‘Shame’: guilt grown large
Neither of the two main characters in Swedish author Karin Alvtegen’s “Shame,’’ her latest mystery novel to be released in America, appears to have actually committed a crime or been victimized by one. But they’re so monumentally guilt-ridden about their roles in the deaths of family members that they walk around with the weight of the world on their shoulders.
One, Maj-Britt, has let that weight grow, literally, to epic proportions, to the point where she’ll suffocate if she sleeps lying down. It becomes clear that her overeating was triggered by her sense that she was at least partially responsible for the death of her daughter.
The other, Monika, a successful and attractive doctor, is ready to throw her whole life away after a colleague who takes her place in a car returning from a conference is killed in a subsequent crash. But that’s only part of her story. We learn fairly quickly that Monika also suffers because she feels responsible for a fire that killed her brother.
The chapters alternate between the two stories - Monika trying to atone for both her brother’s and her colleague’s death; the house-bound Maj-Britt making life a misery for the welfare workers trying to help her. As they descend further into depression and their wacko plans to redeem their guilt - or shame - it’s obvious that this isn’t Stieg Larsson territory. The characters in that Swedish writer’s mysteries might not be advertisements for mental health, but their abnormalities seem more, well, normal.
Alvtegen’s novels certainly aren’t for fans of traditional mysteries with tidy endings. Like Patricia Highsmith and Ruth Rendell, Alvtegen is more concerned with what motivates people to behave badly than with what the retribution will be for that bad behavior. “Shame’’ shares something else with a handful of Highsmith’s and Rendell’s genre-busting novels - we’re never quite sure whether a prosecutable crime has been committed by them until the end.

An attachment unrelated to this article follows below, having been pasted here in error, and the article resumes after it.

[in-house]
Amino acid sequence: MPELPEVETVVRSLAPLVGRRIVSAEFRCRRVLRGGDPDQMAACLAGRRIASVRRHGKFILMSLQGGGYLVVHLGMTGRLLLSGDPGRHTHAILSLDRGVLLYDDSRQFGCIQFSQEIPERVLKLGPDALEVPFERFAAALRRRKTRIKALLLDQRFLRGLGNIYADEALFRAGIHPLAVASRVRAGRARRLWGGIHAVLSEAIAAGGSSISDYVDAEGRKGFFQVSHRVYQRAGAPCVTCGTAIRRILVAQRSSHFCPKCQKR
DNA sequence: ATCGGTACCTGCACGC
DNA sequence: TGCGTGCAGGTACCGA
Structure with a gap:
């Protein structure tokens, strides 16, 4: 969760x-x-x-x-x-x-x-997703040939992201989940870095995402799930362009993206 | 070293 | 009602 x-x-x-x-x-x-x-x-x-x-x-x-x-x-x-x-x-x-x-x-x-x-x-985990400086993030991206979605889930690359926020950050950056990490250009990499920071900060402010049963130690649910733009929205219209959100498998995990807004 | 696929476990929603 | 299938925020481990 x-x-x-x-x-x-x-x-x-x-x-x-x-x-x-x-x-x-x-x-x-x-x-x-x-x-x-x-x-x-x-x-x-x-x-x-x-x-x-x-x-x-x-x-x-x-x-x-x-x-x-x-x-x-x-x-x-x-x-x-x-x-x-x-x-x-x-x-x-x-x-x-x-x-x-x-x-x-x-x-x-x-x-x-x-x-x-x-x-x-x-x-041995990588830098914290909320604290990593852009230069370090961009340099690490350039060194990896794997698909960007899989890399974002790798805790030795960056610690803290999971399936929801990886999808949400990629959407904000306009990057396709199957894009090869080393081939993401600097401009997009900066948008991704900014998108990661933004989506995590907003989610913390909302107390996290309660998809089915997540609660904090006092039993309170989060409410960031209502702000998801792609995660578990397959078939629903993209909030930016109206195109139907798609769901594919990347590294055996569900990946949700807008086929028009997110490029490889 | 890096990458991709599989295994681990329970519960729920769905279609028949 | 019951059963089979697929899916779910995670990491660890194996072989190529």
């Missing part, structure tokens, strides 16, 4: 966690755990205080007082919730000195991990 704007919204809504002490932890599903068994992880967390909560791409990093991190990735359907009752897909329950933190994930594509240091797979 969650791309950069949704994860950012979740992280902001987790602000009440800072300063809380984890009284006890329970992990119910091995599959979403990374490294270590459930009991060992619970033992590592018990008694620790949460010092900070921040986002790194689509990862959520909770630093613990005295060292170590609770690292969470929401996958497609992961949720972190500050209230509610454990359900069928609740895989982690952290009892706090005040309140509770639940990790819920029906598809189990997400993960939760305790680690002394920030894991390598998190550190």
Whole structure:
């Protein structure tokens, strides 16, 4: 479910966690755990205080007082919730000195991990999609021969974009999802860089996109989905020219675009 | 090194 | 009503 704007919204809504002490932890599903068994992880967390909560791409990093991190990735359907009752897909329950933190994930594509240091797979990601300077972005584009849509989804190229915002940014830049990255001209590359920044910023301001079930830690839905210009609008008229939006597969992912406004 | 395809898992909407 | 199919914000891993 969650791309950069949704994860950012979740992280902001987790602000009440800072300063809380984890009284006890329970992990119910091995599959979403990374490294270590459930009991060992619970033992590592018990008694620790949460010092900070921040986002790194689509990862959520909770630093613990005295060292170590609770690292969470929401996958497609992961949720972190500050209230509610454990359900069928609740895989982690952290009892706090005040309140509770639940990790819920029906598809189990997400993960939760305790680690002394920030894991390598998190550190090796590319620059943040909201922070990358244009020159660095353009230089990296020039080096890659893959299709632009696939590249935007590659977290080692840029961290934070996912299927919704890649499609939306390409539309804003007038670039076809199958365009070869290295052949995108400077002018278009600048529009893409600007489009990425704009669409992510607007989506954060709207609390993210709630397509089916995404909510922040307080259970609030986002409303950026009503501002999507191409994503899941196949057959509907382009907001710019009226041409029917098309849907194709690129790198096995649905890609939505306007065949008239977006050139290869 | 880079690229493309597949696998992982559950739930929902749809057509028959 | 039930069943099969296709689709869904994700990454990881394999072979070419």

Because Alvtegen is so interested in character development she spends a good deal of time exploring how her characters’ personal histories shaped them and the bizarre behaviors that those experiences continue to foster. Maj-Britt, for example, is the daughter of religious lunatics who disown and damn her for marrying a nonfanatic. When their baby is born blind she becomes convinced that God has punished her.
Now you might well ask why you’d want to spend any time in Maj-Britt’s or Monika’s company. Alvtegen spends far too much time letting them chew the cud of their shame. “We get it,’’ you want to say, “stop telling us how miserable they are and get on with the story.’’
Nevertheless, “Shame’’ has its own rewards. The psychological games that the two characters play in both attracting and repelling other people have the shock of recognition. Maybe they’re not so abnormal after all? Maybe we’re not so normal? Alvtegen also dabbles in social criticism - how the media, as an example, add to the sense of paranoia about the world, “a general feeling of hopelessness’’; how religion adds to the woes of believers instead of alleviating them.
It’s a pretty smart package, all in all. By the end of this taut psychological thriller, the two characters meet, and Alvtegen offers each a way out of her misery that doesn’t feel tacked on. Will they have the insight, ultimately, to take that road? That would be telling.
While there is much to admire in “Shame,’’ Alvtegen’s prose can be overly stark - which, one suspects, is not the fault of translator Steven T. Murray. Despite that, Alvtegen, like Highsmith, mostly makes a virtue of her conciseness. After all you wouldn’t want anything to interfere with how close to the bone she operates.
Freelance writer Ed Siegel can be reached at firstname.lastname@example.org.